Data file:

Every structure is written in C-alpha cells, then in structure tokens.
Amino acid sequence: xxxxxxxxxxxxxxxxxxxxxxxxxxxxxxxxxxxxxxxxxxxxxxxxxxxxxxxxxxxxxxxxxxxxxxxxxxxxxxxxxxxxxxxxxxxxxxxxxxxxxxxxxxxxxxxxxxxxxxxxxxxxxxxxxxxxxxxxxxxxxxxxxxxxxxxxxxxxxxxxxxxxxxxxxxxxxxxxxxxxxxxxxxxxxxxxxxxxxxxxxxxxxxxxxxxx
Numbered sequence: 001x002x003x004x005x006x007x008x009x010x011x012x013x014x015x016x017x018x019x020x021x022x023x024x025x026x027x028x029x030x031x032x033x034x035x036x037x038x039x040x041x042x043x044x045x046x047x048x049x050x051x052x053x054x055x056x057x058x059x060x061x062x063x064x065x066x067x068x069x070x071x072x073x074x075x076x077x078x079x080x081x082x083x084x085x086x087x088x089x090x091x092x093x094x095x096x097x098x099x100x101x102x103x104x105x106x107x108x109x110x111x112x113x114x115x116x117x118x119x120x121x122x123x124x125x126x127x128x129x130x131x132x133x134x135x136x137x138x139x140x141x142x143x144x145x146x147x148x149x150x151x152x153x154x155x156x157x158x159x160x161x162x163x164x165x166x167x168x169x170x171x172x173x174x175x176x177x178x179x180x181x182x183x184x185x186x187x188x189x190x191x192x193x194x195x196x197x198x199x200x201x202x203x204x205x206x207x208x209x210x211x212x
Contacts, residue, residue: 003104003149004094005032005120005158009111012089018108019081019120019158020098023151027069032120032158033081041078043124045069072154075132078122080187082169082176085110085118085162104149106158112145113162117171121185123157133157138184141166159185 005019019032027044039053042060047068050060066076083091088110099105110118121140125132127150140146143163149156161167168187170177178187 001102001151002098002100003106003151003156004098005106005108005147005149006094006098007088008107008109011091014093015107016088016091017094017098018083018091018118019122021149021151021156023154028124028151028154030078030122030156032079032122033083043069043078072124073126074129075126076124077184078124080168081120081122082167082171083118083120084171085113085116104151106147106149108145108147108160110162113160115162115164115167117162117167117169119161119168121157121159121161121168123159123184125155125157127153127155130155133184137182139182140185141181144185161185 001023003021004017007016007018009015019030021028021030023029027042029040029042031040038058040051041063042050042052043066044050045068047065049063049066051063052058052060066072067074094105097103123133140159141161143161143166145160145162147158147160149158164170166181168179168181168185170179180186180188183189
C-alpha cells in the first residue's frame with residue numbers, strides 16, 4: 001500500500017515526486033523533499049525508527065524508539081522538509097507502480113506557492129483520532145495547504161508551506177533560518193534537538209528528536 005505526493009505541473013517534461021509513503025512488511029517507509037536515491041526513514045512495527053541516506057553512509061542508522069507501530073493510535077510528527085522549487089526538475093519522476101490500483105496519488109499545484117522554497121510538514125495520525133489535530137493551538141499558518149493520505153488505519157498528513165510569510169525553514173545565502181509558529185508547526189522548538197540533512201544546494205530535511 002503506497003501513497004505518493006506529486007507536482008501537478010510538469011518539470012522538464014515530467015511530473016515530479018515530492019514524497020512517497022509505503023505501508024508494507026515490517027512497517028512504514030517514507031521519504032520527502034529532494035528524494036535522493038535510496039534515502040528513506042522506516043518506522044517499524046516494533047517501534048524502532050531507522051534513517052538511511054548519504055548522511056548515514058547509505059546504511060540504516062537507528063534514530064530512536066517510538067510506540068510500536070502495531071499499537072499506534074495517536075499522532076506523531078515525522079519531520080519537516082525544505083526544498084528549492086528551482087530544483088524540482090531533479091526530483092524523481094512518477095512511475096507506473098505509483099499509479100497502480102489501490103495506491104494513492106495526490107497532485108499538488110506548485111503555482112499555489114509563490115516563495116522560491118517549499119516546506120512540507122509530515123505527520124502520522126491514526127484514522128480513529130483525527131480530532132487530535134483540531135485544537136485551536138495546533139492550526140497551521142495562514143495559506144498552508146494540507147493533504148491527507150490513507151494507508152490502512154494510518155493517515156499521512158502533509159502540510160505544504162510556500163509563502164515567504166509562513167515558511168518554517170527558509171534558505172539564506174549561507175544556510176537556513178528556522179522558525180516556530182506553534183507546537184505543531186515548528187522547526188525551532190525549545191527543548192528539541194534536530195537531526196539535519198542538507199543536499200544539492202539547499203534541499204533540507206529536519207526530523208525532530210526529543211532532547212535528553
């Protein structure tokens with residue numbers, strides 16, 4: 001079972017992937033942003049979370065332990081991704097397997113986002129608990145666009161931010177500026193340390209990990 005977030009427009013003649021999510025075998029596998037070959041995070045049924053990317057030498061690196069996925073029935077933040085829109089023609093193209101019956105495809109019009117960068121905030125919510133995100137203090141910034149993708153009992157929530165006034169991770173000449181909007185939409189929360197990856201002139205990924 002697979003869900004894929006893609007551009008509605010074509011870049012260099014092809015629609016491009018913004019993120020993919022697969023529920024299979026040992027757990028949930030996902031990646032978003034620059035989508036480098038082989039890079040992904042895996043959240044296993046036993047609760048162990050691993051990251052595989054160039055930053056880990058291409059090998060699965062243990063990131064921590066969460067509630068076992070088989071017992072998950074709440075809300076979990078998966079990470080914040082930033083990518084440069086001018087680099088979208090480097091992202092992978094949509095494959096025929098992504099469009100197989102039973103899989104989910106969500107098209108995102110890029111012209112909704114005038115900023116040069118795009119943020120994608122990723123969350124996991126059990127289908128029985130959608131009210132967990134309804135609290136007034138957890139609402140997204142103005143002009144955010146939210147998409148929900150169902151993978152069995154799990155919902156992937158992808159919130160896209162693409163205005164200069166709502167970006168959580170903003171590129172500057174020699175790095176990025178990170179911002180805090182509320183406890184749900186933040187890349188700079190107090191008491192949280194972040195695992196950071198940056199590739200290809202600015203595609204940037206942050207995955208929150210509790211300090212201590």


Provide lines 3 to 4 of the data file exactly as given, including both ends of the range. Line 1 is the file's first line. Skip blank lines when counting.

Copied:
Numbered sequence: 001x002x003x004x005x006x007x008x009x010x011x012x013x014x015x016x017x018x019x020x021x022x023x024x025x026x027x028x029x030x031x032x033x034x035x036x037x038x039x040x041x042x043x044x045x046x047x048x049x050x051x052x053x054x055x056x057x058x059x060x061x062x063x064x065x066x067x068x069x070x071x072x073x074x075x076x077x078x079x080x081x082x083x084x085x086x087x088x089x090x091x092x093x094x095x096x097x098x099x100x101x102x103x104x105x106x107x108x109x110x111x112x113x114x115x116x117x118x119x120x121x122x123x124x125x126x127x128x129x130x131x132x133x134x135x136x137x138x139x140x141x142x143x144x145x146x147x148x149x150x151x152x153x154x155x156x157x158x159x160x161x162x163x164x165x166x167x168x169x170x171x172x173x174x175x176x177x178x179x180x181x182x183x184x185x186x187x188x189x190x191x192x193x194x195x196x197x198x199x200x201x202x203x204x205x206x207x208x209x210x211x212x
Contacts, residue, residue: 003104003149004094005032005120005158009111012089018108019081019120019158020098023151027069032120032158033081041078043124045069072154075132078122080187082169082176085110085118085162104149106158112145113162117171121185123157133157138184141166159185 005019019032027044039053042060047068050060066076083091088110099105110118121140125132127150140146143163149156161167168187170177178187 001102001151002098002100003106003151003156004098005106005108005147005149006094006098007088008107008109011091014093015107016088016091017094017098018083018091018118019122021149021151021156023154028124028151028154030078030122030156032079032122033083043069043078072124073126074129075126076124077184078124080168081120081122082167082171083118083120084171085113085116104151106147106149108145108147108160110162113160115162115164115167117162117167117169119161119168121157121159121161121168123159123184125155125157127153127155130155133184137182139182140185141181144185161185 001023003021004017007016007018009015019030021028021030023029027042029040029042031040038058040051041063042050042052043066044050045068047065049063049066051063052058052060066072067074094105097103123133140159141161143161143166145160145162147158147160149158164170166181168179168181168185170179180186180188183189